Published on
Last updated on
3 min read

Key takeaways

Canine bowel incontinence is the inability to control defecation.

  • Incontinence is distinct from inappropriate elimination or house-soiling, in that the bowel movements occur without the dog’s awareness
  • It is also different from straining to defecate, which is an intentional act
  • With bowel incontinence, feces can just fall or leak out of the rectum spontaneously
  • Bowel incontinence has two basic underlying causes: an abnormality in the anal sphincter causing leakage, or an inability to store feces
  • There are many potential causes, ranging from injury to viruses
  • Diagnosis involves physical exam, blood work, fecal testing for specific parasites, viruses, or bacteria, urinalysis, diagnostic imaging, and biopsy of the gastrointestinal tract
  • Treatment depends on the underlying cause and can be surgical or medication; prognosis is self-limiting to incurable
Are you concerned?

Connect with a vet to get more information about your pet’s health.

Book an online vet

A closer look: Bowel Incontinence in Dogs

The symptom of bowel incontinence alone is not an emergency, but does warrant prompt veterinary care. It is a significant problem for most pet owners, since it is messy and often not easily treated. Many incontinent dogs show signs of distress, knowing that they are “breaking the rules” of housetraining.

Some of the underlying causes are emergencies, such as parvovirus, injuries, and poisoning. Concurrent symptoms may increase the urgency of investigating incontinence, such as severe diarrhea.

Connect with a vet to get more information

With DVM, ICH certifications and great reviews by pet parents like you for this symptom

Possible causes

Most causes of bowel incontinence are related either to dysfunction of the anal sphincter, or an inability to store feces. Causes may also be related to neurological function or a condition affecting the gastrointestinal tract itself.

In some cases, no cause can be identified.

Risk factors

In the case of concurrent diarrhea, bowel incontinence may be more severe, but is likely of shorter duration (acute and temporary). The presence or absence of other symptoms is the main indicator of severity, and the associated symptoms may provide information about what underlying condition is occuring.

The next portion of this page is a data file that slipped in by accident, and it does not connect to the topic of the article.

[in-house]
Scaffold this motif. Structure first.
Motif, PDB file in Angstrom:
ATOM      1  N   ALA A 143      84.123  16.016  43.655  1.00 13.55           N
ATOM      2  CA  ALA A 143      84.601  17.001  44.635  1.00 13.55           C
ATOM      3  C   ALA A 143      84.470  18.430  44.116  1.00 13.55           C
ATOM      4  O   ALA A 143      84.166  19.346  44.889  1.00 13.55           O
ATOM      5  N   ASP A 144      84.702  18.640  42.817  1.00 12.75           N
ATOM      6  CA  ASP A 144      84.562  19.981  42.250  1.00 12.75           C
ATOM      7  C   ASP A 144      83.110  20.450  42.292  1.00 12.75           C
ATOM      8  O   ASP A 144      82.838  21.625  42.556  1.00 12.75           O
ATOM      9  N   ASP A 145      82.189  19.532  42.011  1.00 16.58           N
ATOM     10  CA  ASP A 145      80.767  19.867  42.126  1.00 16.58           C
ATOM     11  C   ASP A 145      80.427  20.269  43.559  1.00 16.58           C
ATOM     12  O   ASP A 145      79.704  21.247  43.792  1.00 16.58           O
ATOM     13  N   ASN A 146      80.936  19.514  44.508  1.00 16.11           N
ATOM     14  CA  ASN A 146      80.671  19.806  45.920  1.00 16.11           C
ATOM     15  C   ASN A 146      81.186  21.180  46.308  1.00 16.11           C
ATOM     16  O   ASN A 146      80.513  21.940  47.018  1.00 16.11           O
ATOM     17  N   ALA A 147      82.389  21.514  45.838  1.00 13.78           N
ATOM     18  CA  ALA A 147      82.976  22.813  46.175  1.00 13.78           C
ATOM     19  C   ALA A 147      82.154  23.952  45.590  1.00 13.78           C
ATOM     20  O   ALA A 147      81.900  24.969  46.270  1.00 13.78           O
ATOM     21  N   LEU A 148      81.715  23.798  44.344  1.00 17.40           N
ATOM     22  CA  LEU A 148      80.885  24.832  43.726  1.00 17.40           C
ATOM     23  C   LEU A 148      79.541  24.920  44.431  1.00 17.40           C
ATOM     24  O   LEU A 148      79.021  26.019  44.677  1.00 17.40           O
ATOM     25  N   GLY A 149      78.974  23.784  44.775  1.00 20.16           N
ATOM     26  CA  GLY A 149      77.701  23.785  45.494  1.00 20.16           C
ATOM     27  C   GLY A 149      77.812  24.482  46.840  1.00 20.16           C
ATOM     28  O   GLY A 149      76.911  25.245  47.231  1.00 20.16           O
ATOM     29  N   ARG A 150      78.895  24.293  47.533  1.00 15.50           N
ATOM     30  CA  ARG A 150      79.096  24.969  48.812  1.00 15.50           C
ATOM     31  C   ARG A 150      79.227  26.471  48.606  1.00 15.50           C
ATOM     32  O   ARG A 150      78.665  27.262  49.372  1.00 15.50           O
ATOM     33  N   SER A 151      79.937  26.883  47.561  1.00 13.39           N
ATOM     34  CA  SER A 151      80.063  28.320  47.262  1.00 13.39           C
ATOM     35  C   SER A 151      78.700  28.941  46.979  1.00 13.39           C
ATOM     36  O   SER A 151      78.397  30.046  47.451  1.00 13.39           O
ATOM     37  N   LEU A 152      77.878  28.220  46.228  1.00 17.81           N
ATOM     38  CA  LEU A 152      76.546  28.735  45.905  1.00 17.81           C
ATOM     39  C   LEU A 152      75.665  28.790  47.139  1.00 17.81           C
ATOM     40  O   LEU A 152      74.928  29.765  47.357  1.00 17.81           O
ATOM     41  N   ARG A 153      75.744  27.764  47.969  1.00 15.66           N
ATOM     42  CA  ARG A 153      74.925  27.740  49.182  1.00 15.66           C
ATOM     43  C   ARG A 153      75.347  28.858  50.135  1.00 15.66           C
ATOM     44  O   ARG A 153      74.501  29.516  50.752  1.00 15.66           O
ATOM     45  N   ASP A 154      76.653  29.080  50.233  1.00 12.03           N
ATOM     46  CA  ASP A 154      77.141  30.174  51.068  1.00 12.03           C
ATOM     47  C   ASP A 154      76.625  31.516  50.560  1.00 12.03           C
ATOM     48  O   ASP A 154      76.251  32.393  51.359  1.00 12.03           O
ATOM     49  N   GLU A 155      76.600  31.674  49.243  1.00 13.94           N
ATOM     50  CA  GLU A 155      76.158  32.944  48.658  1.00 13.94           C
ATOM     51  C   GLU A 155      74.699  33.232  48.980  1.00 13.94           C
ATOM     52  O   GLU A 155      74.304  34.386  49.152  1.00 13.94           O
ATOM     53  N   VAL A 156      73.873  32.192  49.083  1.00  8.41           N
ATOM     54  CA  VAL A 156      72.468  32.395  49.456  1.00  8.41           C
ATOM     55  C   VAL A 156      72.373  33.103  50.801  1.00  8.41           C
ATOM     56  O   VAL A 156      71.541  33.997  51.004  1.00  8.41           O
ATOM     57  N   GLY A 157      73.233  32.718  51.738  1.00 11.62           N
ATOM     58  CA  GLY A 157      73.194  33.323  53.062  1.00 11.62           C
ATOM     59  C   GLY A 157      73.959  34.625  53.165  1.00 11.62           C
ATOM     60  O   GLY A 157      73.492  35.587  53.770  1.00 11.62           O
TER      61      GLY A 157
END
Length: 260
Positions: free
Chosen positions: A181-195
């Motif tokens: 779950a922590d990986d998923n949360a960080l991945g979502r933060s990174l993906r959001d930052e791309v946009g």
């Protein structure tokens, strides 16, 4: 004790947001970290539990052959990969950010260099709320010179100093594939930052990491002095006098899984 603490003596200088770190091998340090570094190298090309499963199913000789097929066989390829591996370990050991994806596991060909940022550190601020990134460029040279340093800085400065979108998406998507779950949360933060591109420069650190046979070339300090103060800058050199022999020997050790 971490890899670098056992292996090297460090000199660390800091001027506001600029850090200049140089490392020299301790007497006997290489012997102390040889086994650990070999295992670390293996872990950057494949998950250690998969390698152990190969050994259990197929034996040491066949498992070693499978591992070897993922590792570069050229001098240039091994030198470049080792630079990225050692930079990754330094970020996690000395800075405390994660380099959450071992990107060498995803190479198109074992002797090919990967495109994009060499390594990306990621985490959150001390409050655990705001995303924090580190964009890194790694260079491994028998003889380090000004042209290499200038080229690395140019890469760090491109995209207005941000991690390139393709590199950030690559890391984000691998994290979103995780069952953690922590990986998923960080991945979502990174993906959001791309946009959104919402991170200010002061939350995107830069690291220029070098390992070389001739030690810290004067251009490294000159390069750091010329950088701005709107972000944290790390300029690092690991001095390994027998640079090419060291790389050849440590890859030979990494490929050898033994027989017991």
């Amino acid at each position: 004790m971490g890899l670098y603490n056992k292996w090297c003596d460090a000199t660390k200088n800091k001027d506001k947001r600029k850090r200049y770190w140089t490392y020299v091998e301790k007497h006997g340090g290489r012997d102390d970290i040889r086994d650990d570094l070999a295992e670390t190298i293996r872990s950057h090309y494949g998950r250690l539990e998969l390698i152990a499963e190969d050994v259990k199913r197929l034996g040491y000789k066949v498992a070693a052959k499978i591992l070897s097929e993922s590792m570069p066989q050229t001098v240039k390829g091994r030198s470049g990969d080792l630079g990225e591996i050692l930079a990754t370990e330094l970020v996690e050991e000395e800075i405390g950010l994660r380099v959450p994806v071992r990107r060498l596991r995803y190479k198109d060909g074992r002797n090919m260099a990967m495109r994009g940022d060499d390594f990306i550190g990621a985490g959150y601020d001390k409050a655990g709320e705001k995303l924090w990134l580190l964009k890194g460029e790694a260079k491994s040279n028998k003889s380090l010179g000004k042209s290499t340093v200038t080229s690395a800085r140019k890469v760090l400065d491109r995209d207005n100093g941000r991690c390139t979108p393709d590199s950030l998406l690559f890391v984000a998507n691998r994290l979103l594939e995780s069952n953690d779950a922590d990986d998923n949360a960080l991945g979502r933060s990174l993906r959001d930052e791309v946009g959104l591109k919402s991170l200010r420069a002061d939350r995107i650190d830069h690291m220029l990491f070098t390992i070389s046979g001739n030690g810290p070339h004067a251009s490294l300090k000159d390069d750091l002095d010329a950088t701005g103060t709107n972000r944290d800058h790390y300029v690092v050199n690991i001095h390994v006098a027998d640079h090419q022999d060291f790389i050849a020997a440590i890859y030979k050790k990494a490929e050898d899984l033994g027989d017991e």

Testing and diagnosis

To investigate bowel incontinence, diagnostics include:

  • Physical Exam
  • Blood work
  • Fecal testing, including testing for specific parasites, viruses, or bacteria
  • Urinalysis
  • Diagnostic imaging such as X-rays, ultrasound, or MRI
  • Biopsy of the gastrointestinal tract

Treatment depends on the underlying cause. If the underlying cause is treatable, bowel incontinence can resolve. Sometimes it may be self-limiting, with resolution being a matter of time only. Bowel incontinence can also be incurable. For example, if the underlying cause is a progressive neurological disease like degenerative myelopathy, no specific treatment is available and is supportive only. Sometimes a diet change may help cure or lessen the severity of bowel incontinence. Certain medications can also help, such as intestinal motility modifiers or antibiotics. Surgery may cure certain cases, such as injuries, fistulas, and hernias.

Similar symptoms

Bowel incontinence is similar to inappropriate elimination or house-soiling. The difference between incontinence and inappropriate elimination is an incontinent dog is passing feces without awareness of doing so as it is happening.

Associated symptoms


Catherine Barnette, DVM - Writing for VCA Animal Hospitals
Rhiannon Koehler, DVM - Writing for PetMD

Our editorial committee

Our medical review team is responsible for validating and maintaining the quality of our medical information.